For many years there has been a huge focus on trying to attain an ‘ideal’ body weight, in an attempt to be healthy. Well, the focus has changed, and there is new way of thinking called ‘Health at Every Size’, which celebrates body diversity and helps fight against weight bias. Weight bias refers to negative attitudes and views towards obesity and people with obesity. Experiencing weight bias can have negative consequences for individuals, including feelings of shame, anxiety, depression, poor self-esteem and body dissatisfaction which can lead to unhealthy weight-control practices.

Some common stereotypes and misconceptions that can cause weight bias include believing that people with obesity are lazy, awkward, sloppy, unintelligent, unsuccessful and lacking self-discipline or self-control. In truth, if you have obesity, you are an individual just like everyone else and have individual traits and characteristics.

Another misconception is that body weight is the best measure of health, however, individuals can maintain good health over a wide range of body weights. To accurately measure health, weight should be used alongside other health indicators, such as blood cholesterol or blood pressure.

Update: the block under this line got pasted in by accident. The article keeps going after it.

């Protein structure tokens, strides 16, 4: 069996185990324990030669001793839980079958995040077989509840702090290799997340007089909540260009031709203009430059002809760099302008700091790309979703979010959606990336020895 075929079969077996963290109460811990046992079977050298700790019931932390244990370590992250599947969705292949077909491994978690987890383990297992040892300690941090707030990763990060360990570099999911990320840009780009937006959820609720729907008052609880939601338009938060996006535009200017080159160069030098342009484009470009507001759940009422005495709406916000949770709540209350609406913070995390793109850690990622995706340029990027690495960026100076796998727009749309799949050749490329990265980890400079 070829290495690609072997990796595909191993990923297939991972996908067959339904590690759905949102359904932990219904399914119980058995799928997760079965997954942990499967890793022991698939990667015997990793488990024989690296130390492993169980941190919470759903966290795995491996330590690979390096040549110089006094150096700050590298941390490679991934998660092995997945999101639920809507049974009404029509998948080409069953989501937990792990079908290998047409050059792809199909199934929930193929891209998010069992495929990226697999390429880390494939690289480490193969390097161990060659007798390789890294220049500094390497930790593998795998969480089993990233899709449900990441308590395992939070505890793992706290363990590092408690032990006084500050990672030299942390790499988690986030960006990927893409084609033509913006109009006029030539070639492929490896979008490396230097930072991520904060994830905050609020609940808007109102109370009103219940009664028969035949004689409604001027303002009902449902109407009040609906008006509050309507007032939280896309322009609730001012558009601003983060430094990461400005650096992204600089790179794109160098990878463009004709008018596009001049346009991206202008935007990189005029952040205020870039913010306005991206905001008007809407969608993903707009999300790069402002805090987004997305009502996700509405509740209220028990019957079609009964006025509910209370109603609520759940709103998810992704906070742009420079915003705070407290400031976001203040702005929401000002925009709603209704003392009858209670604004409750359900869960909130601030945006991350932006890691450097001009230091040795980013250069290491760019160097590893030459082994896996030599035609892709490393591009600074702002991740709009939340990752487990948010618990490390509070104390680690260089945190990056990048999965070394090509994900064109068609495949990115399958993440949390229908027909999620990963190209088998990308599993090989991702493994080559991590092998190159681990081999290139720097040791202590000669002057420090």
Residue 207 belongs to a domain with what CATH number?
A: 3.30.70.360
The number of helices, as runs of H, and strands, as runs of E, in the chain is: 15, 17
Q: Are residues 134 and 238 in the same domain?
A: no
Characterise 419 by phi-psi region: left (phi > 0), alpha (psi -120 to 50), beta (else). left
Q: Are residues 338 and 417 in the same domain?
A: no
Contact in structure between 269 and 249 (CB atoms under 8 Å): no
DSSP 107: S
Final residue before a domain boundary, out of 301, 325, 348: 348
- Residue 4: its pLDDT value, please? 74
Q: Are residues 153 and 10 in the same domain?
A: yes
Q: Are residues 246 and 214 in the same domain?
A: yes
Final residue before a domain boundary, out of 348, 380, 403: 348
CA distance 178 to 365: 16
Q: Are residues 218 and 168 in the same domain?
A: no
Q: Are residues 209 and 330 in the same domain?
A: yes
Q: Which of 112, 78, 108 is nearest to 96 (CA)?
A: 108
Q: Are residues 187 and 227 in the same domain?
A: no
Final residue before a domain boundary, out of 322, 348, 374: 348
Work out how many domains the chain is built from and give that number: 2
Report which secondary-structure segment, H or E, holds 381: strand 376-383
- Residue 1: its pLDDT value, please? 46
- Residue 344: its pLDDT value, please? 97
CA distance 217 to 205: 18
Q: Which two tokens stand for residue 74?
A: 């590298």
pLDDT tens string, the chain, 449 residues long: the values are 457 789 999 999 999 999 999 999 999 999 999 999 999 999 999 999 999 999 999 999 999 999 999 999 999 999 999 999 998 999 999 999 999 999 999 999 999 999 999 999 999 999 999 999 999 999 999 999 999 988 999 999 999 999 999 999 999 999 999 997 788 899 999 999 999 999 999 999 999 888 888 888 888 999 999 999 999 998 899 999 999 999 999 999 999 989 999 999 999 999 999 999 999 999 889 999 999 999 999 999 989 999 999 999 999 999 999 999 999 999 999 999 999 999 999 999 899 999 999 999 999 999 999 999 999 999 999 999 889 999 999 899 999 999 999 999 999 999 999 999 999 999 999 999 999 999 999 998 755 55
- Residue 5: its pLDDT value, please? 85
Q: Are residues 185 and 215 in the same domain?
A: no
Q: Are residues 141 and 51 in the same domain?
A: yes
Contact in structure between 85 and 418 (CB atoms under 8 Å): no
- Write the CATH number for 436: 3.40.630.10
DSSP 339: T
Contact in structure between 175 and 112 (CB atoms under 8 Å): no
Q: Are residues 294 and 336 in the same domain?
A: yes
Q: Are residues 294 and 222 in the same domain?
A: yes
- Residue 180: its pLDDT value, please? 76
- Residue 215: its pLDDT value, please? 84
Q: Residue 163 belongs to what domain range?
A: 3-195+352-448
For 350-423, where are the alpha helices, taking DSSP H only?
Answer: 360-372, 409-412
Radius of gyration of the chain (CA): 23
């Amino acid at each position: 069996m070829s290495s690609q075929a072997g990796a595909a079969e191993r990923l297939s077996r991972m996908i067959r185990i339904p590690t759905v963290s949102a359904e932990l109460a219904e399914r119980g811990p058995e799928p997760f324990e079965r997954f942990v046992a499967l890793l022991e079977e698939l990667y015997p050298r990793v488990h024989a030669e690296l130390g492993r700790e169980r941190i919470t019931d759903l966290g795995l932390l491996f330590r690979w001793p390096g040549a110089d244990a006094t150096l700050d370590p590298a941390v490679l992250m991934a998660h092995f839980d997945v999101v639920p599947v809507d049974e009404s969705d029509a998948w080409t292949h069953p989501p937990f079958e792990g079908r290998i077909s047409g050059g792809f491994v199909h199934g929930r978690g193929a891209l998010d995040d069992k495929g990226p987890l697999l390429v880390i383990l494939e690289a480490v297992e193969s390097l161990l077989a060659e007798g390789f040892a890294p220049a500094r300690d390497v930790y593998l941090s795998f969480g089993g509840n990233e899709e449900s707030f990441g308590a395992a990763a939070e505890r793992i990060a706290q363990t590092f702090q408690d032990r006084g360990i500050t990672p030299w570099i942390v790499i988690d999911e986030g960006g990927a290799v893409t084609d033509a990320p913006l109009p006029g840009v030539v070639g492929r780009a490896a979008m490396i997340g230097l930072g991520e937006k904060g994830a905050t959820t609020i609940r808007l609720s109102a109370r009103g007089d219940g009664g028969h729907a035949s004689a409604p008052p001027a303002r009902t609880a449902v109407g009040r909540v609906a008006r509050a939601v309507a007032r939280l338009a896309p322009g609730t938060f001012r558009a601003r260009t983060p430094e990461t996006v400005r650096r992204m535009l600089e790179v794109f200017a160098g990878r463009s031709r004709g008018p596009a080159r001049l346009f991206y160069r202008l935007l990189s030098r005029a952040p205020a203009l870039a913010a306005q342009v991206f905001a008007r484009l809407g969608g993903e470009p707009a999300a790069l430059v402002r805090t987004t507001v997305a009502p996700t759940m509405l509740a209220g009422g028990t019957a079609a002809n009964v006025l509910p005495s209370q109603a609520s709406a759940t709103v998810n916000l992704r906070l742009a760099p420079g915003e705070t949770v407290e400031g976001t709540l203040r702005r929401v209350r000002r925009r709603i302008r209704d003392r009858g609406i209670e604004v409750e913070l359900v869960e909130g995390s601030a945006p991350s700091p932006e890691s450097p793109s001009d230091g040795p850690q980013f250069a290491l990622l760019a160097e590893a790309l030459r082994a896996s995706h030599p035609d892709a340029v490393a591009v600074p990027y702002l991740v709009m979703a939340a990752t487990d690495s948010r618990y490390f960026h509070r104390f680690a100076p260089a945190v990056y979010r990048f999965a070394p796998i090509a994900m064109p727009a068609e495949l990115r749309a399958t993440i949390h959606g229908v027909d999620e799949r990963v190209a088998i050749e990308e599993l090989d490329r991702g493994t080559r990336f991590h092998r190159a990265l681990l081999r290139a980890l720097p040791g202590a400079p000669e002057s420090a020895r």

Lastly, some may feel that forcing people to take responsibility for their weight is the best way to facilitate behavior change, but research demonstrates that shame does not motivate but rather stops behavior change. Instead, here are some health centered tips to help promote a healthy lifestyle and minimize weight bias:

1. Remember to start any conversation regarding someone’s weight with respect because it is a very personal topic that many individuals are self-conscious of.
2. Emphasize health-promoting behaviors such as stress management, regular sleep patterns, and healthy eating and exercise, rather than weight loss itself.
3. Understand that food is more than just fuel. We have complex relationships with food that encompasses social, emotional, and cultural beliefs and experiences.
4. Understand that there are many factors that can contribute to a person’s weight, including genetics, access to food, income, skills, activity levels, and one’s support system.

Remember that everyone is unique, we all have different health strengths and weaknesses, no matter what our size!

References:

Health at Every Size. HAES Community, 2019.

Weight Bias. Obesity Canada, 2018.

A Balanced View. BC Mental Health & Substance Use Services, 2015.